Floods punctuate Fort Wayne’s history
Even so, we appreciate our rivers
Between March 23 and 27, 1913, a tornado stirred through Nebraska and floods moved through Indiana and Ohio. An enormous weather system brought heavy rains to the Middle West states. Historian Bert Griswold in 1917 wrote that this was the most disastrous in the history of Fort Wayne. During the last week of March in 1913, six lives were lost, 15,000 people were made homeless and property damage was massive.
“p3″>The earliest recorded flood in the Three Rivers area was in 1790, four years before Fort Wayne was established, the result of a devastating combination of a rapid spring thaw and heavy rains. Gerald T. Hopkins, visiting the Three Rivers region in 1804, wrote about the 9-mile portage between Fort Wayne and Huntington, which normally blocked an all-water connection between the Maumee and Wabash river basins. He said, “The Indians say that in high freshets they have passed from one water to the other in their canoes.” Later, Chief Engineer Jesse Williams used a January 1828 high water mark blazed on a walnut sapling to set the necessary heights of Wabash and Erie Canal banks and bridges on the rivers.
Before dikes were built, the average flood level was 14 feet. When engineers built dikes to protect riverside neighborhoods and businesses, the flood levels rose steadily. By the 1920s, with more natural land surfaces replaced with paved roads and parking lots, floods were more frequent and the average flood moved to nearly 20 feet. However, the 1913 flood was the worst to date. Mayor Jesse Grice organized a heroic relief effort and martial law was declared with orders given to shoot looters. Once again in 1982, due to the flood-fighting efforts of volunteers against record high water, Fort Wayne gained a reputation as the “City that Saved Itself.”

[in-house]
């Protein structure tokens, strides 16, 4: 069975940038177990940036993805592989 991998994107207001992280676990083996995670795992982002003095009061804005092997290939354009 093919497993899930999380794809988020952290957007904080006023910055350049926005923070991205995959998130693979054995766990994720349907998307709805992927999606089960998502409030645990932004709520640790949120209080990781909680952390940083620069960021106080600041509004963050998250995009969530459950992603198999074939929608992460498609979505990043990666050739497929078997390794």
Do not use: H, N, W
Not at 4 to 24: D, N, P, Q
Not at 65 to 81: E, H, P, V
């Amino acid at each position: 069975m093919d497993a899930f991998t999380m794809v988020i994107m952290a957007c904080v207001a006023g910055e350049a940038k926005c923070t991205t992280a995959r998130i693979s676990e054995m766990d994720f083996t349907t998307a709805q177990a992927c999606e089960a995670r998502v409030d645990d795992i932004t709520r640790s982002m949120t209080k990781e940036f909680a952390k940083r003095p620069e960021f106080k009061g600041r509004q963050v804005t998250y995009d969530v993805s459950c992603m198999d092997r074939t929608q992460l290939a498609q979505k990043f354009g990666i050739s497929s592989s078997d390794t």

In 1985 and in 1991, floods again inundated the area. In the wake of these disasters, plans for allowing floodwaters to wash across the great bend in the Saint Marys River assumed increasing importance. At the groundbreaking ceremony of Headwaters Park Oct. 26, 1993, the Fort Wayne Bicentennial Celebration presented a monument to the cooperative efforts of all elements of the “City that Saved Itself.”
On Oct. 22, 1999, a dedication took place with then-Gov. Frank O’Bannon joining the Headwaters Park Commission. The commission turned the project over to the city’s parks department for operation Jan. 1, 2000. During that same year, the nonprofit Headwaters Park Alliance was given full-time management responsibility for the space by the City of Fort Wayne’s parks board. In doing so, a public-private arrangement was established bolstering a spirit of individual citizens working together with local government.
Even with the threat of flood and tempest, we’ve come to know and appreciate our rivers, which usually have brought prosperity. Early people settled along waterways, and as with Fort Wayne, many developed into modern-day vibrant communities. Rivers are the reason humankind settled the area, established a portage across a land barrier that connects Maumee and Wabash River systems, attracted the construction of the Wabash and Erie Canal followed by rails, highways, industries, our schools and our homes. It brought good, industrious people such as John Chapman (a.k.a. Johnny Appleseed) seen in 1830 arriving here on the Maumee River with his small boat loaded down with his apple seeds. More people are beginning to appreciate the recreational and economic possibilities offered by the St. Marys and St. Joseph rivers, which form the Maumee.
With our abundance of rivers, we’ve learned to enjoy them and to respectfully manage their excesses. Knowing the potential for high waters, we give them full rein to consume – and in fact even direct them – to overflow onto the land surfaces in the great bend in the St. Marys River and the vast expanse of Headwaters Park to keep them in abeyance on their way downstream.
First appeared in the March 2017 issue of Fort Wayne Magazine.